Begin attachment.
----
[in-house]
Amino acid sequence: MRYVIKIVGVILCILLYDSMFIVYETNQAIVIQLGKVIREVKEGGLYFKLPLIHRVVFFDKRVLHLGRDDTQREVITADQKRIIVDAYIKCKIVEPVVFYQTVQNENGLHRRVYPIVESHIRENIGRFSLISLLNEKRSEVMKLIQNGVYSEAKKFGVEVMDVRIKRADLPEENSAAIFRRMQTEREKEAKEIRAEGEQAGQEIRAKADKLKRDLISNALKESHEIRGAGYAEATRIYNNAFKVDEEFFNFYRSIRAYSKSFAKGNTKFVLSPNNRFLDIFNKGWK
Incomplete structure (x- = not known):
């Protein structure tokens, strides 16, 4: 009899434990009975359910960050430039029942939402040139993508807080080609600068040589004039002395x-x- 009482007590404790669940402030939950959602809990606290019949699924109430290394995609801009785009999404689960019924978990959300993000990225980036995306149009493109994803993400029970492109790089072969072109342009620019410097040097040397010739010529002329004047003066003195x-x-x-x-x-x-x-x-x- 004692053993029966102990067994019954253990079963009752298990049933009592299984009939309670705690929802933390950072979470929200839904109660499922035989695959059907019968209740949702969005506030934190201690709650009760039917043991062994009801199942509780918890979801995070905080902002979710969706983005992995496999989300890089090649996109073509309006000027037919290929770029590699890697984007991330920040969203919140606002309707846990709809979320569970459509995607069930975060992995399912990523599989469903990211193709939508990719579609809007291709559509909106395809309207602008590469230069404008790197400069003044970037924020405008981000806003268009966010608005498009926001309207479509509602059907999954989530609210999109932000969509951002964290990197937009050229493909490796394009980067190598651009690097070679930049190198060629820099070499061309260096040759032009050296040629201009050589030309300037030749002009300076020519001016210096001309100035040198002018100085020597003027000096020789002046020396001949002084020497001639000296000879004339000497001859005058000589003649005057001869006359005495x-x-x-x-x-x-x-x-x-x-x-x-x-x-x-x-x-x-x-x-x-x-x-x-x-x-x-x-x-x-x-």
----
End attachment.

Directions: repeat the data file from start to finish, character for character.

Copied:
[in-house]
Amino acid sequence: MRYVIKIVGVILCILLYDSMFIVYETNQAIVIQLGKVIREVKEGGLYFKLPLIHRVVFFDKRVLHLGRDDTQREVITADQKRIIVDAYIKCKIVEPVVFYQTVQNENGLHRRVYPIVESHIRENIGRFSLISLLNEKRSEVMKLIQNGVYSEAKKFGVEVMDVRIKRADLPEENSAAIFRRMQTEREKEAKEIRAEGEQAGQEIRAKADKLKRDLISNALKESHEIRGAGYAEATRIYNNAFKVDEEFFNFYRSIRAYSKSFAKGNTKFVLSPNNRFLDIFNKGWK
Incomplete structure (x- = not known):
């Protein structure tokens, strides 16, 4: 009899434990009975359910960050430039029942939402040139993508807080080609600068040589004039002395x-x- 009482007590404790669940402030939950959602809990606290019949699924109430290394995609801009785009999404689960019924978990959300993000990225980036995306149009493109994803993400029970492109790089072969072109342009620019410097040097040397010739010529002329004047003066003195x-x-x-x-x-x-x-x-x- 004692053993029966102990067994019954253990079963009752298990049933009592299984009939309670705690929802933390950072979470929200839904109660499922035989695959059907019968209740949702969005506030934190201690709650009760039917043991062994009801199942509780918890979801995070905080902002979710969706983005992995496999989300890089090649996109073509309006000027037919290929770029590699890697984007991330920040969203919140606002309707846990709809979320569970459509995607069930975060992995399912990523599989469903990211193709939508990719579609809007291709559509909106395809309207602008590469230069404008790197400069003044970037924020405008981000806003268009966010608005498009926001309207479509509602059907999954989530609210999109932000969509951002964290990197937009050229493909490796394009980067190598651009690097070679930049190198060629820099070499061309260096040759032009050296040629201009050589030309300037030749002009300076020519001016210096001309100035040198002018100085020597003027000096020789002046020396001949002084020497001639000296000879004339000497001859005058000589003649005057001869006359005495x-x-x-x-x-x-x-x-x-x-x-x-x-x-x-x-x-x-x-x-x-x-x-x-x-x-x-x-x-x-x-």